Halal firm encourages buffalo consumption
The company, which claims to be the largest halal producer and exporter of boneless buffalo, is at the international trade fare in Dubai to promote buffalo as a healthy, and hygienic, dish on a global platform.
According to Euromonitor International, the global foodservice market reached US$2.6tn in 2013. Despite this, Abdul Samad Ansari, regional sales manager for Allanasons, highlighted to GlobalMeatNews there still isn’t a market for buffalo. He also made the point that the buffalo meat being consumed in North America is bison, something very different to what Allanasons is producing.
To promote the dish, buffalo burger sliders are being cooked up for consumers at Gulfood Manufacturing for attendees to sample.
“There is a big opportunity for us to go to the next level to market buffalo as a consumer product, and why is that?” asked Ansari. “Because the world is moving towards healthy options. I would be very proud to say that buffalo is one of the healthiest animals in terms of consumption.” According to Ansari, these health benefits can be attributed to the low fat and high protein count of buffalo meat.
Allanasons has a large presence in regions such as Asia (especially Southeast Asia), Russia, Central Asian countries, the Middle East and Africa, “and we don’t see why the rest of the world shouldn’t try our products”, he said.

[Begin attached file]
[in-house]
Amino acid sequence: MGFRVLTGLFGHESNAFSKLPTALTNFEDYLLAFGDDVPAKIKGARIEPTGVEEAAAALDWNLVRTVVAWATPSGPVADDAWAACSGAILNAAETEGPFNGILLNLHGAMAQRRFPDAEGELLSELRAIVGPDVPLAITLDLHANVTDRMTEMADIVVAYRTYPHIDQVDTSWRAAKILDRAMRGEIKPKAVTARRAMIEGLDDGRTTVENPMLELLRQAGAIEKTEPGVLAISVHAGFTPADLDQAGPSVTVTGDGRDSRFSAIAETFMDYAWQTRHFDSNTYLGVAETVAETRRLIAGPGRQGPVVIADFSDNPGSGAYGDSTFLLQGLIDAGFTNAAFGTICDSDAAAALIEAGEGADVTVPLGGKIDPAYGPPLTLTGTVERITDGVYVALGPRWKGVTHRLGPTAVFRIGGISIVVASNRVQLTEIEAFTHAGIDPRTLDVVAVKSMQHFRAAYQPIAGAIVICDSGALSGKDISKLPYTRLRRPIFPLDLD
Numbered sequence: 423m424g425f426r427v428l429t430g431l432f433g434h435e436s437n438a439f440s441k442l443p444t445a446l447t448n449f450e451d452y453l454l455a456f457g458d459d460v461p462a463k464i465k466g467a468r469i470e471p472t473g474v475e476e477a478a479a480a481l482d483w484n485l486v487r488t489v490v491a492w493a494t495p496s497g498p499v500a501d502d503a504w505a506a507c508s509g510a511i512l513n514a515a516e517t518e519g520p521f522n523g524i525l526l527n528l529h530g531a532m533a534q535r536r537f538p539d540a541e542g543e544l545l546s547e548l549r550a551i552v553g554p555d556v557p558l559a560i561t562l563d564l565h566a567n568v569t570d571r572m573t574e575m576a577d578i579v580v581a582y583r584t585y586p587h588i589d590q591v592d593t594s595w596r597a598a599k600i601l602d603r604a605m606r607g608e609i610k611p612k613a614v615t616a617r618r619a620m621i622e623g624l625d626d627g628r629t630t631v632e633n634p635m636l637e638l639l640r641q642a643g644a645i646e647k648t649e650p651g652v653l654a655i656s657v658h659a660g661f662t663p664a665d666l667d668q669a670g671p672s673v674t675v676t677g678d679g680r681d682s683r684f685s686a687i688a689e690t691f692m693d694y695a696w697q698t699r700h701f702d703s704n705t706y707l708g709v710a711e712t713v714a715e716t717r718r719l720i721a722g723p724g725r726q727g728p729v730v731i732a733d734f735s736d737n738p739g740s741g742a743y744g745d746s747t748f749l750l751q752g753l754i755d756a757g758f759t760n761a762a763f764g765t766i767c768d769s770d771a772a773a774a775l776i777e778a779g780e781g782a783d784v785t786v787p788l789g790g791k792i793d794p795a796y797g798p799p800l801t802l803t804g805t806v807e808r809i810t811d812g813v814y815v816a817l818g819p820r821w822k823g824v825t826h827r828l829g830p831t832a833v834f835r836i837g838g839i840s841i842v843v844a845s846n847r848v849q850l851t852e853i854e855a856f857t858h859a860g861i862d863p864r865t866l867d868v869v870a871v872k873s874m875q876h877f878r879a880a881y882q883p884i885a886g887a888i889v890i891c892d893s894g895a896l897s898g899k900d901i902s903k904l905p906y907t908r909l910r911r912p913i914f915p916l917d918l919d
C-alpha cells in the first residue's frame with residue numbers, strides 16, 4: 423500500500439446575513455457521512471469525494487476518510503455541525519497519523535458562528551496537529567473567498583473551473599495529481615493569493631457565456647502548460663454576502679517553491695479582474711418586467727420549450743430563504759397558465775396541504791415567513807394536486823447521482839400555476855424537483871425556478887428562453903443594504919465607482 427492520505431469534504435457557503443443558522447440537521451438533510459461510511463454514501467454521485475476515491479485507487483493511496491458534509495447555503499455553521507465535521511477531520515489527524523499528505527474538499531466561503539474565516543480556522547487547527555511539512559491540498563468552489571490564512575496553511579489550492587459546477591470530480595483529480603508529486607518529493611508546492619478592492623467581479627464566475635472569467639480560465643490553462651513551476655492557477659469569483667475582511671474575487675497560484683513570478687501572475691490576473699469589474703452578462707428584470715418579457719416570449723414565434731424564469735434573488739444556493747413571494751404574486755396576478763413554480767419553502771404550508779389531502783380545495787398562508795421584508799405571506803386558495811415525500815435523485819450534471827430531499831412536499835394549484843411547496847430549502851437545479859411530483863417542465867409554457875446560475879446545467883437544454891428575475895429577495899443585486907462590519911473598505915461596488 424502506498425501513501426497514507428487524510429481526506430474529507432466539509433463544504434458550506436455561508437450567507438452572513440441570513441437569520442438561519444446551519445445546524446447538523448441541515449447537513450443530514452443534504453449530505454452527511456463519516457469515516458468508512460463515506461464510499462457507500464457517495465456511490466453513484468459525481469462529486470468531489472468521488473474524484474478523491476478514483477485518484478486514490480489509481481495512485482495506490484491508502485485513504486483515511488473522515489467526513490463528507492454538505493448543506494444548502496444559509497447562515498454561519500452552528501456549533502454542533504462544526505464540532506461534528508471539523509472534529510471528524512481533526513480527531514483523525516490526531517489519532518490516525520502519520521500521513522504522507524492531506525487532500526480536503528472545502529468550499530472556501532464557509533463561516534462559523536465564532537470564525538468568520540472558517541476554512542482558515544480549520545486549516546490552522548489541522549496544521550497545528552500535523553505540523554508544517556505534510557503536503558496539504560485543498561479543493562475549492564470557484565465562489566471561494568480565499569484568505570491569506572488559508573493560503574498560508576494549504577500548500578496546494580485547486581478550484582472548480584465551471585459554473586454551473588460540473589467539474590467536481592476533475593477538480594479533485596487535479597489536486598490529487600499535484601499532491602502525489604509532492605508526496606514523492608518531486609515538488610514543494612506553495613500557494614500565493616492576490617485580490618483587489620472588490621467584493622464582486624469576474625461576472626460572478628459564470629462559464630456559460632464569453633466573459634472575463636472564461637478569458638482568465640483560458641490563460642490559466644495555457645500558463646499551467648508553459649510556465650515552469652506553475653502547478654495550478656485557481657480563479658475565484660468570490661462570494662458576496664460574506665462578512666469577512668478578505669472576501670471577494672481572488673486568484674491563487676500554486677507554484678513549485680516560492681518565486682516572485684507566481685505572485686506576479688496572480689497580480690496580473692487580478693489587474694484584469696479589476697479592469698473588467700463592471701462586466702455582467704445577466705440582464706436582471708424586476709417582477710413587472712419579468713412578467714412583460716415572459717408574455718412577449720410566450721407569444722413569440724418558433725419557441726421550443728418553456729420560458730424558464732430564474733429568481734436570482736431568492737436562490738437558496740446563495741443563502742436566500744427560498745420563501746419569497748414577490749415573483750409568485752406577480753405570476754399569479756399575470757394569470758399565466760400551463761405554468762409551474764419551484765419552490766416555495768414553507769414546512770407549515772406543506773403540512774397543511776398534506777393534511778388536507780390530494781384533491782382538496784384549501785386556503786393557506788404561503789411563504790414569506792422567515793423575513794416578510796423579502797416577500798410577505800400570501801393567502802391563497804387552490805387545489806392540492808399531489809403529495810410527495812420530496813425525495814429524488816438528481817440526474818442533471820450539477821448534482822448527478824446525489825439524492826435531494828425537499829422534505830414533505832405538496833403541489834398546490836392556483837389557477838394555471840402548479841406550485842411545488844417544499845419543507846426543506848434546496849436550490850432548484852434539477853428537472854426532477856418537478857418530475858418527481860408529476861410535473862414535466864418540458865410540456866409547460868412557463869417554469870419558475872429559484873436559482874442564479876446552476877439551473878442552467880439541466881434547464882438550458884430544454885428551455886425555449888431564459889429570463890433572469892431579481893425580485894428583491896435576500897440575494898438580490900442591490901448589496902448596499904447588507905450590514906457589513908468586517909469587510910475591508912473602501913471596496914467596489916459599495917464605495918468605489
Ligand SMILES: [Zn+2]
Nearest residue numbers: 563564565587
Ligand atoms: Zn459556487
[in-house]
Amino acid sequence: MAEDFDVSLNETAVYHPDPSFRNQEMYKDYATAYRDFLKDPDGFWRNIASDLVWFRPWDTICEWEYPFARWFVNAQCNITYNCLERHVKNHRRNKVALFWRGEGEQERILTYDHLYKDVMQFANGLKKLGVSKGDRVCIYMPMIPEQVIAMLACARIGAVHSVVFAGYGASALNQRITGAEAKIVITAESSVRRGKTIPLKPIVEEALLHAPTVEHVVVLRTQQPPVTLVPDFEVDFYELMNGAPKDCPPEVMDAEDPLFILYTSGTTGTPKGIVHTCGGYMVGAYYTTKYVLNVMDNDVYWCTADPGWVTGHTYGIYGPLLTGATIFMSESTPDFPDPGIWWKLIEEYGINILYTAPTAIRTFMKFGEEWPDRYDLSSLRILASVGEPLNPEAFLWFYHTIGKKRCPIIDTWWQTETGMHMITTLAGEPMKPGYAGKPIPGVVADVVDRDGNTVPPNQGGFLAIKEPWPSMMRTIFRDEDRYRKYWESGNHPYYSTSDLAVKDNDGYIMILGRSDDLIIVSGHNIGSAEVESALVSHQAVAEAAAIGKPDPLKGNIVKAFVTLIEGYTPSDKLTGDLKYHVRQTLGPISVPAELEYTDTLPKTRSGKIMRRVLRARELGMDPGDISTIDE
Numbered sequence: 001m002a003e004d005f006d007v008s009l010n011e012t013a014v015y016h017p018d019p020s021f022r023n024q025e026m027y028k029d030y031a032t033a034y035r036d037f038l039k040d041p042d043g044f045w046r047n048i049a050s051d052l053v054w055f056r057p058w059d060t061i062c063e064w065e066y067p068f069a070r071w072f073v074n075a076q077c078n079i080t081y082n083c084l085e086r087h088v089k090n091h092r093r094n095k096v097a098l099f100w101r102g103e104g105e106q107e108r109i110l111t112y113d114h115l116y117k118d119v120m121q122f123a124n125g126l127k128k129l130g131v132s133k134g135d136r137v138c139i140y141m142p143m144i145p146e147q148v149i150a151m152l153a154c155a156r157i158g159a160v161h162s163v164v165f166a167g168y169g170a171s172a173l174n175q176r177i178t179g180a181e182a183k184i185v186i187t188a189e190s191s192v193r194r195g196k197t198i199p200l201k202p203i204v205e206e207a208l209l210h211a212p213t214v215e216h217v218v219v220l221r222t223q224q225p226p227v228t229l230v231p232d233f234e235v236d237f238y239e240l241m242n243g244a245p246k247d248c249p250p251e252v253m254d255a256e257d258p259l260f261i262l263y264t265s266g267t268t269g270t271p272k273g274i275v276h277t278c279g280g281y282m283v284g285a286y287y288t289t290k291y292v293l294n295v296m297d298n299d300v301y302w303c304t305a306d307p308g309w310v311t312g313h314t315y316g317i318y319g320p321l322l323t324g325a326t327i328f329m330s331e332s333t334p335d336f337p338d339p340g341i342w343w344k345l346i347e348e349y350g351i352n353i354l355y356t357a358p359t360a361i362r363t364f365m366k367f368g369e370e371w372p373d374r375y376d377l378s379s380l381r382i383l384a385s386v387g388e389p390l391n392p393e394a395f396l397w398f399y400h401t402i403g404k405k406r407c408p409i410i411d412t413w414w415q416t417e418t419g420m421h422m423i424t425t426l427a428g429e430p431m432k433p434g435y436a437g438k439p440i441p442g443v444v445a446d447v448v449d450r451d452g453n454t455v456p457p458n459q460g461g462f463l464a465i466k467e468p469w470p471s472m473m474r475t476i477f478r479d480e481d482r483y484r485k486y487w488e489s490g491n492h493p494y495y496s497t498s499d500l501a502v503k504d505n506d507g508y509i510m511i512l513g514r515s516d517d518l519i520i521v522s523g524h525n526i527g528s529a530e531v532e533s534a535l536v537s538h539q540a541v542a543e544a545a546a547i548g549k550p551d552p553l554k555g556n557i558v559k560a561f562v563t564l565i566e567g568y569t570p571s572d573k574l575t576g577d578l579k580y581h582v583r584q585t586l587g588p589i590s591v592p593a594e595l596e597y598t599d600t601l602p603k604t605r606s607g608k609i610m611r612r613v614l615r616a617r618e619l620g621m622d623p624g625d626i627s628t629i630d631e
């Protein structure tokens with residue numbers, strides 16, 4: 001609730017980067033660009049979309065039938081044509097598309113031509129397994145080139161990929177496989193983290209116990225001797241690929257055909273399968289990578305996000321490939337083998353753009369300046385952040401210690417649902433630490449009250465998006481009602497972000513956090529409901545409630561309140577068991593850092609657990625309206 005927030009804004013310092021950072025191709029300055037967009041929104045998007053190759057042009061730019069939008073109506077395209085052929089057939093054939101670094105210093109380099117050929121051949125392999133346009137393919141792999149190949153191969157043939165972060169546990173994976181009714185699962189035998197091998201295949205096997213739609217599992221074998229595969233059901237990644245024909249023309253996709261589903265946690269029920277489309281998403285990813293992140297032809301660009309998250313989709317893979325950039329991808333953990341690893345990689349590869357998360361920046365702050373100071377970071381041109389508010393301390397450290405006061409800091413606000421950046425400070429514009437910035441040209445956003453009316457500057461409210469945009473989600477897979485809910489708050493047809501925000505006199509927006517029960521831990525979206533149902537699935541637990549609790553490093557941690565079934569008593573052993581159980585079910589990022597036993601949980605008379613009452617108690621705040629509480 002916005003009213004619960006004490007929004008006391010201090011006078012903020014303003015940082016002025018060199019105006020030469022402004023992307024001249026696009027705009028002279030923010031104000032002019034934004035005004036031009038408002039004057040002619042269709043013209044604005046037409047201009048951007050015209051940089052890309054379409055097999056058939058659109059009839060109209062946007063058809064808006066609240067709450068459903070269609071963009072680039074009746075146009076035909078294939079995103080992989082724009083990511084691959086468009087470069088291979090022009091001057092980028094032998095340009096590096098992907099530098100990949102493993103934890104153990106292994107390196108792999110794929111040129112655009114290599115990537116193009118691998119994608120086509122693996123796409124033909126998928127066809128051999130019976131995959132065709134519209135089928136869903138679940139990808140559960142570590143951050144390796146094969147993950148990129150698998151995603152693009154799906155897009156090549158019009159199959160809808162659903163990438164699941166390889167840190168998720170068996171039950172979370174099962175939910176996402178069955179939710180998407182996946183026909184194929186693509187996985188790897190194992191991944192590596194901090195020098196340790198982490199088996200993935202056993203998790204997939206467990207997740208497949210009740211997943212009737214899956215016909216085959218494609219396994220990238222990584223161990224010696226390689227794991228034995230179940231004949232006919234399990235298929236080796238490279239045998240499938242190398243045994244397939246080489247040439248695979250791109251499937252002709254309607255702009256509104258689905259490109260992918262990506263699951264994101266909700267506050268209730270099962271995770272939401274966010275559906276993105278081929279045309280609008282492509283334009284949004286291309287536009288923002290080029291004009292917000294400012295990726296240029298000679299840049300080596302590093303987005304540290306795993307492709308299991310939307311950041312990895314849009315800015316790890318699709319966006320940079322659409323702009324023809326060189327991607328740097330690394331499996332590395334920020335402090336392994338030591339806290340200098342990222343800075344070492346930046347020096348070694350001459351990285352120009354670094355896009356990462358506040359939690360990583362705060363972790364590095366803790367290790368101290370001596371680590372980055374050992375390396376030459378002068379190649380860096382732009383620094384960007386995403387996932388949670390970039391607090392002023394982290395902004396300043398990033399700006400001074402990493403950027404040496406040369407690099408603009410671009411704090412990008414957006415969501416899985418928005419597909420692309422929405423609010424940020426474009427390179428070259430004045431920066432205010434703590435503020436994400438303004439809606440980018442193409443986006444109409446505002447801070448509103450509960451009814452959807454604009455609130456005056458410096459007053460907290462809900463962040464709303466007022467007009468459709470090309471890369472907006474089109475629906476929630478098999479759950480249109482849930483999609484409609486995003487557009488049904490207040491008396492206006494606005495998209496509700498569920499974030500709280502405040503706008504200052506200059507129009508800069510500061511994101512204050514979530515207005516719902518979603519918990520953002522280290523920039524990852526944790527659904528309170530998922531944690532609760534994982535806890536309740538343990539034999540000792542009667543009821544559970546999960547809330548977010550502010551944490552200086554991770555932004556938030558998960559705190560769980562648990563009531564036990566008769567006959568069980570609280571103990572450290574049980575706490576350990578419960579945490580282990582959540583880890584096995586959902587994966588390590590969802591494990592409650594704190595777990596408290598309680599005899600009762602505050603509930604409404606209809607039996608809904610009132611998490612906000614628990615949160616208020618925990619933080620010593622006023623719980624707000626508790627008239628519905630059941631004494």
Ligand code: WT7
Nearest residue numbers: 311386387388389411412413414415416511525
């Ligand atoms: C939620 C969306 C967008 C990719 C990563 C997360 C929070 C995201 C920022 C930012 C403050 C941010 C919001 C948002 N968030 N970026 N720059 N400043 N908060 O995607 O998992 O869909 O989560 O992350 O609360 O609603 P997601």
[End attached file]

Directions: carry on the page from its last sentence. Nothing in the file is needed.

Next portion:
“For me, it’s a surprise why places like America, Europe and Australia are refraining from consuming something that we believe is very healthy. Allanasons being the largest producer in the world, it should be given a chance for consumers of these countries to try something that is very healthy.”
Ansari believes the buffalo burgers, which contain 100% buffalo meat and no beef, ought to be given a chance on a global market.
He explained to GlobalMeatNews that over the past few decades, buffalo meat has been seen as a cheap meat. “The time has come for this positioning to change, because people are buying it and people are using it for different purposes,” he urged. “Some of them say it is beef, but we never say that – it’s buffalo.”
Although it may once have been considered cheap, it should be marketed as a premium product. Whereas traditional burgers often sell for $15, a buffalo burger could be sold for up to $28.
Aside from the meat’s health benefits, it should also be taken into account that it is clean. “It’s our first effort in making people aware that buffalo is definitely one of the most hygienic and, because it is halal, the process itself makes it very healthy – there is no blood,” added Ansari.